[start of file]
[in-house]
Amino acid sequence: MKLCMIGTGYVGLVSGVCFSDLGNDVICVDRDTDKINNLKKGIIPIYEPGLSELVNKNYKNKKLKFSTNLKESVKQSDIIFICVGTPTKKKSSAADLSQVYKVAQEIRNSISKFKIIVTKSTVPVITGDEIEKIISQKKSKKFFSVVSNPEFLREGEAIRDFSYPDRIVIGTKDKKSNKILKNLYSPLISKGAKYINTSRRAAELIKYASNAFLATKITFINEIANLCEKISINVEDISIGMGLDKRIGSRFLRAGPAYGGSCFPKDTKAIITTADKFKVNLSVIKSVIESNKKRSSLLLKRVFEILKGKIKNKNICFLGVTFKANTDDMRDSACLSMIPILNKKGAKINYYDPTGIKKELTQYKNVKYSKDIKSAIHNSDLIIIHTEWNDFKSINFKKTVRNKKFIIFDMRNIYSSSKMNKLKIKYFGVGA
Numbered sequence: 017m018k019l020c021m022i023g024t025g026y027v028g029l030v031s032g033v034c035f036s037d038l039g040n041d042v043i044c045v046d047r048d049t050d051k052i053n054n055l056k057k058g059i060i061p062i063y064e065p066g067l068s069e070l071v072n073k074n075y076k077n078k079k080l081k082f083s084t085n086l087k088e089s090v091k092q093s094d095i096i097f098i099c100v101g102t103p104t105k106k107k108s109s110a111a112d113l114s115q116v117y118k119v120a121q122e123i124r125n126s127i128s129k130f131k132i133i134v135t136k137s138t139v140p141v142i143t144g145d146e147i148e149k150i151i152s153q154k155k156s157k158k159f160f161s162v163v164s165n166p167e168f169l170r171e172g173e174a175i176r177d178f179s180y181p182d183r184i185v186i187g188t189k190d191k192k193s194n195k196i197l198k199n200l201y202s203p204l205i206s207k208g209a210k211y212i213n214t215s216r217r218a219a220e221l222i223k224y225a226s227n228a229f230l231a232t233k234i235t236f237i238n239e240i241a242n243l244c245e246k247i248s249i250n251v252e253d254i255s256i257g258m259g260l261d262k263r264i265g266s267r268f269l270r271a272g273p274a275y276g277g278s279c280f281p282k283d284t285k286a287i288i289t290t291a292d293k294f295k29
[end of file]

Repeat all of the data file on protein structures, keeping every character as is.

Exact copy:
[in-house]
Amino acid sequence: MKLCMIGTGYVGLVSGVCFSDLGNDVICVDRDTDKINNLKKGIIPIYEPGLSELVNKNYKNKKLKFSTNLKESVKQSDIIFICVGTPTKKKSSAADLSQVYKVAQEIRNSISKFKIIVTKSTVPVITGDEIEKIISQKKSKKFFSVVSNPEFLREGEAIRDFSYPDRIVIGTKDKKSNKILKNLYSPLISKGAKYINTSRRAAELIKYASNAFLATKITFINEIANLCEKISINVEDISIGMGLDKRIGSRFLRAGPAYGGSCFPKDTKAIITTADKFKVNLSVIKSVIESNKKRSSLLLKRVFEILKGKIKNKNICFLGVTFKANTDDMRDSACLSMIPILNKKGAKINYYDPTGIKKELTQYKNVKYSKDIKSAIHNSDLIIIHTEWNDFKSINFKKTVRNKKFIIFDMRNIYSSSKMNKLKIKYFGVGA
Numbered sequence: 017m018k019l020c021m022i023g024t025g026y027v028g029l030v031s032g033v034c035f036s037d038l039g040n041d042v043i044c045v046d047r048d049t050d051k052i053n054n055l056k057k058g059i060i061p062i063y064e065p066g067l068s069e070l071v072n073k074n075y076k077n078k079k080l081k082f083s084t085n086l087k088e089s090v091k092q093s094d095i096i097f098i099c100v101g102t103p104t105k106k107k108s109s110a111a112d113l114s115q116v117y118k119v120a121q122e123i124r125n126s127i128s129k130f131k132i133i134v135t136k137s138t139v140p141v142i143t144g145d146e147i148e149k150i151i152s153q154k155k156s157k158k159f160f161s162v163v164s165n166p167e168f169l170r171e172g173e174a175i176r177d178f179s180y181p182d183r184i185v186i187g188t189k190d191k192k193s194n195k196i197l198k199n200l201y202s203p204l205i206s207k208g209a210k211y212i213n214t215s216r217r218a219a220e221l222i223k224y225a226s227n228a229f230l231a232t233k234i235t236f237i238n239e240i241a242n243l244c245e246k247i248s249i250n251v252e253d254i255s256i257g258m259g260l261d262k263r264i265g266s267r268f269l270r271a272g273p274a275y276g277g278s279c280f281p282k283d284t285k286a287i288i289t290t291a292d293k294f295k29